Fort Hood Report Addresses Chaplains, Religious Accommodation

The Fort Hood report (pdf), authored at the request of Secretary of Defense Robert Gates, is being widely circulated and read by a variety of pundits.  As previously noted, many have already taken note that it calls for action against the officers who appear to have not followed standards when Hasan’s evaluations did not match his reported performance.  Two other findings are also important to the relationship between religion and the military: a review of the policy on Chaplain endorsers, and a recommendation that the military define a “baseline” for religious conduct.

First, with regard to the officers who supervised US Army Maj Hasan

Several officers failed to comply with…policies when taking actions regarding the alleged perpetrator.  We recommend that you refer matters of accountability for those failures to the Secretary of the Army for appropriate action…

Some medical officers failed…to demonstrate that officership is the essence of being a member of the military profession, regardless of the officer’s specialty.  We also found that some medical officers failed to include the alleged perpetrator’s overall performance as an officer, rather than solely his academic performance, in his formal performance evaluations…Both types of failures, in our view, were significant and warrant immediate attention.

Specifics of the above failures appear to be in a non-released annex, which makes it difficult to analyze.  It is worth noting that military evaluation systems can be strongly oriented on opinion and interpretation, so the investigators must have found a gross violation to so strongly recommend “immediate attention.”  It would be unfortunate, however, if the officers were overly scrutinized because of their subordinate’s ultimate actions, if their actions were not out of norm for their unit or the process.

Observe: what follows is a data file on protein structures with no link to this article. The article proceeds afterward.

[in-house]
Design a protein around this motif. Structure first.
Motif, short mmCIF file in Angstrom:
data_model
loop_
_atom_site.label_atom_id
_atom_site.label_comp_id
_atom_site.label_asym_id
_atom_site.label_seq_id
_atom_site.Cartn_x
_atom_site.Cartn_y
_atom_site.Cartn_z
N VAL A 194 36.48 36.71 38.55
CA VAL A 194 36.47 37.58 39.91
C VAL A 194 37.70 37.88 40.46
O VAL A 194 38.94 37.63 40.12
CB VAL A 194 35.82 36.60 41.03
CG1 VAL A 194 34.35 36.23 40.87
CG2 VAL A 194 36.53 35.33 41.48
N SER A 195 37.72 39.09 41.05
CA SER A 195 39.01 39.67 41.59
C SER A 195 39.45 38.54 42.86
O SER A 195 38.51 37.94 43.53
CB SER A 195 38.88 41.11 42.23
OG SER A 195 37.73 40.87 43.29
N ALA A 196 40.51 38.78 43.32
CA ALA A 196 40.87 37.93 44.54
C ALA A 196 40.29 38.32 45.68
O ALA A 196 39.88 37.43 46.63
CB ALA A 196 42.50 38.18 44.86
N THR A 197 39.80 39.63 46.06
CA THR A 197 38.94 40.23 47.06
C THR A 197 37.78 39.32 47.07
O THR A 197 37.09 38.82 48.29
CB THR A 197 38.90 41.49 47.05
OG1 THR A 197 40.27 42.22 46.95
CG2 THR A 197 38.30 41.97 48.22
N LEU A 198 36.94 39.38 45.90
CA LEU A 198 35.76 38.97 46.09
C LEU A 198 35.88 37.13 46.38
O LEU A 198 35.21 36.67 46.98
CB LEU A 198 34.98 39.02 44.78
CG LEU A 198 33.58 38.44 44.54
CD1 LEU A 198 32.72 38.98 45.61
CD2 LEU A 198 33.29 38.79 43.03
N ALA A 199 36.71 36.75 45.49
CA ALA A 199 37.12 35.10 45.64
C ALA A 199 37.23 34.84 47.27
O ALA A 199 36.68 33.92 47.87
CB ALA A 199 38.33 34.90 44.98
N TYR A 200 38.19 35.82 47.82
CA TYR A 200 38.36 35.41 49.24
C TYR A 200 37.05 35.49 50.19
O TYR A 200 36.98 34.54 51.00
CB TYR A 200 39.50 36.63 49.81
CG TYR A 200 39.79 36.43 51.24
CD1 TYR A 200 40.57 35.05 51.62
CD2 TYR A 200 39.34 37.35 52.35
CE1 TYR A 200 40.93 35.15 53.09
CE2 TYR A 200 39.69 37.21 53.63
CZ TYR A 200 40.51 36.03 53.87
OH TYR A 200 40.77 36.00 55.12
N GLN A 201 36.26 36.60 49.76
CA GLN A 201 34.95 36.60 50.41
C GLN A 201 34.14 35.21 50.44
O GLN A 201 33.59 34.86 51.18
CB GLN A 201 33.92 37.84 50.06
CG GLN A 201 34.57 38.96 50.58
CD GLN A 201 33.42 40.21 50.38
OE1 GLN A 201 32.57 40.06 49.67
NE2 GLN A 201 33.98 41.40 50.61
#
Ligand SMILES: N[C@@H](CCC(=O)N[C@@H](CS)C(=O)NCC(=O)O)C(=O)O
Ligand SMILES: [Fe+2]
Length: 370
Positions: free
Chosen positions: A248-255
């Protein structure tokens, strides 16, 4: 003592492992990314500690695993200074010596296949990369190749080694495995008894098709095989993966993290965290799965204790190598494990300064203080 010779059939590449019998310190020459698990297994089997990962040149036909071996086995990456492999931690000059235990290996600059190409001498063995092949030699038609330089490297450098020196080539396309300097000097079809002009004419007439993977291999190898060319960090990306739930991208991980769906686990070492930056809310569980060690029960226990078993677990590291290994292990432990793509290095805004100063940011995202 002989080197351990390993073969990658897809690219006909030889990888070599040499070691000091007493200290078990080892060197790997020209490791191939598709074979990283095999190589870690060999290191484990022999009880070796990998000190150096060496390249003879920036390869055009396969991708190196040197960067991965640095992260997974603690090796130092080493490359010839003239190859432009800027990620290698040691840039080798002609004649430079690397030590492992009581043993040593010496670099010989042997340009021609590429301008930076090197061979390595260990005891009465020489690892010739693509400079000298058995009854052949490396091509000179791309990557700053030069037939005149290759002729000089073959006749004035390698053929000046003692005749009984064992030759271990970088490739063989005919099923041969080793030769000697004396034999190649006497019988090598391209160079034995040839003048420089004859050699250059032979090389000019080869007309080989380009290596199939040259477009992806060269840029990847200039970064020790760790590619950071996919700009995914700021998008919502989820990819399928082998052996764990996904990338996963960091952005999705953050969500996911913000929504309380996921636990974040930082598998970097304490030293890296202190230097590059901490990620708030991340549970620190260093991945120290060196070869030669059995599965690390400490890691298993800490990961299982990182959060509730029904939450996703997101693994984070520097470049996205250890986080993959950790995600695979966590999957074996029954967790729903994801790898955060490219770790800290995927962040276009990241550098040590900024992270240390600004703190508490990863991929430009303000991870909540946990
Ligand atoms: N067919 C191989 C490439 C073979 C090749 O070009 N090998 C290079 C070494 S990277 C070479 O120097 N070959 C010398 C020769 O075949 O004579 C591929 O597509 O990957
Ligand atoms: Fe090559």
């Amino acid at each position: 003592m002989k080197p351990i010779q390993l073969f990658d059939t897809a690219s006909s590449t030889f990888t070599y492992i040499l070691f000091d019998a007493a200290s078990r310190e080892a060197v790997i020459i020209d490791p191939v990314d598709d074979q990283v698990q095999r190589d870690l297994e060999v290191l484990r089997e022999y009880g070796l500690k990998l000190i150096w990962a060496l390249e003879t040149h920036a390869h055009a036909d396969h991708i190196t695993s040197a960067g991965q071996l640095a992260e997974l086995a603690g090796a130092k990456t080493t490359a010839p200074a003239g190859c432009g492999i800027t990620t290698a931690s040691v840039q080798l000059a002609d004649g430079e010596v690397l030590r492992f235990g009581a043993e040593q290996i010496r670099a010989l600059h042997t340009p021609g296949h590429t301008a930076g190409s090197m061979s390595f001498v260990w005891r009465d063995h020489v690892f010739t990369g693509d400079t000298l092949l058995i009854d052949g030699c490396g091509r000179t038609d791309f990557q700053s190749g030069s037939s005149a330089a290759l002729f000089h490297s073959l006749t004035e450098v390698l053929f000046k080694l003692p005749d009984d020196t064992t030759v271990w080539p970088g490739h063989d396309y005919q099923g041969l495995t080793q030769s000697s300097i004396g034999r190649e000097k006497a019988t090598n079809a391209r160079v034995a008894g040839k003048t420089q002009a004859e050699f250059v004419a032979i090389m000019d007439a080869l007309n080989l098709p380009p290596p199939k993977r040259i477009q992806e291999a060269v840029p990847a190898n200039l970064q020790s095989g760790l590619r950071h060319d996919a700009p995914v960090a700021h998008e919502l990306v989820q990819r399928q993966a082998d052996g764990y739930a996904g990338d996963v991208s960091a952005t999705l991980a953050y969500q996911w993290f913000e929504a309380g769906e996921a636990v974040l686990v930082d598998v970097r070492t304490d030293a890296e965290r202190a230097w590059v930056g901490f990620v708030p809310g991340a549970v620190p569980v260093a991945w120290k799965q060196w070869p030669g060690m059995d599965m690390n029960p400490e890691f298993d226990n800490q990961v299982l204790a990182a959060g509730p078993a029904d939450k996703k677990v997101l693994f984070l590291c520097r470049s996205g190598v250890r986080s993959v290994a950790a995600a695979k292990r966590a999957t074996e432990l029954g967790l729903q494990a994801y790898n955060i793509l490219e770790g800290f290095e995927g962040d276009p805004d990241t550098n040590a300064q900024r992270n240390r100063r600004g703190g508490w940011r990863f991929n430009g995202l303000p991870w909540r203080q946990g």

Second, nothing in the Fort Hood massacre had anything to do with the endorsing agencies of Chaplains, yet the investigators took the unforeseen step of specifically examining the related military policy:

Finding 2.3
DoD standards for denying requests for recognition as an ecclesiastical endorser of chaplains may be inadequate.

In short, policies on Chaplain endorsing agencies may give the military insufficient authority to deny recognition of a Chaplain endorser, potentially resulting in an endorser with “undue improper influence by individuals with propensity toward violence.”  While the investigators did not specify, given the context of the investigation it seems the recommendation was made with an eye to “extremist” agencies who might try to become Chaplain endorsers in order to emplace extremist Chaplains within the military.

The final critique was on the military religious accommodation policies, as defined by DoDI 1300.17.

Finding 2.7
DoD policy regarding religious accommodation lacks the clarity necessary to help commanders distinguish appropriate religious practices from those that might indicate a potential for violence or self-radicalization.

In the discussion, the investigators note that the policy

does not…provide standards or recording procedures necessary to establish a baseline of traditional religious practice within faith groups.

This is a fairly controversial topic, and one that will be difficult to encapsulate within the confines of religious relationships with the government.  In essence, the investigators are calling on the military to define “normal” religious conduct, so that abnormal conduct can be detected.  The methodology isn’t extreme: they simply say record and share requests for accommodation.  Supposedly, then, unusual requests for accommodation will stand out.  The problem is that there is no governmental dictate saying that one person’s request for accommodation is any more or less representative of a faith than another.  It will be interesting to see how this particular recommendation might be implemented.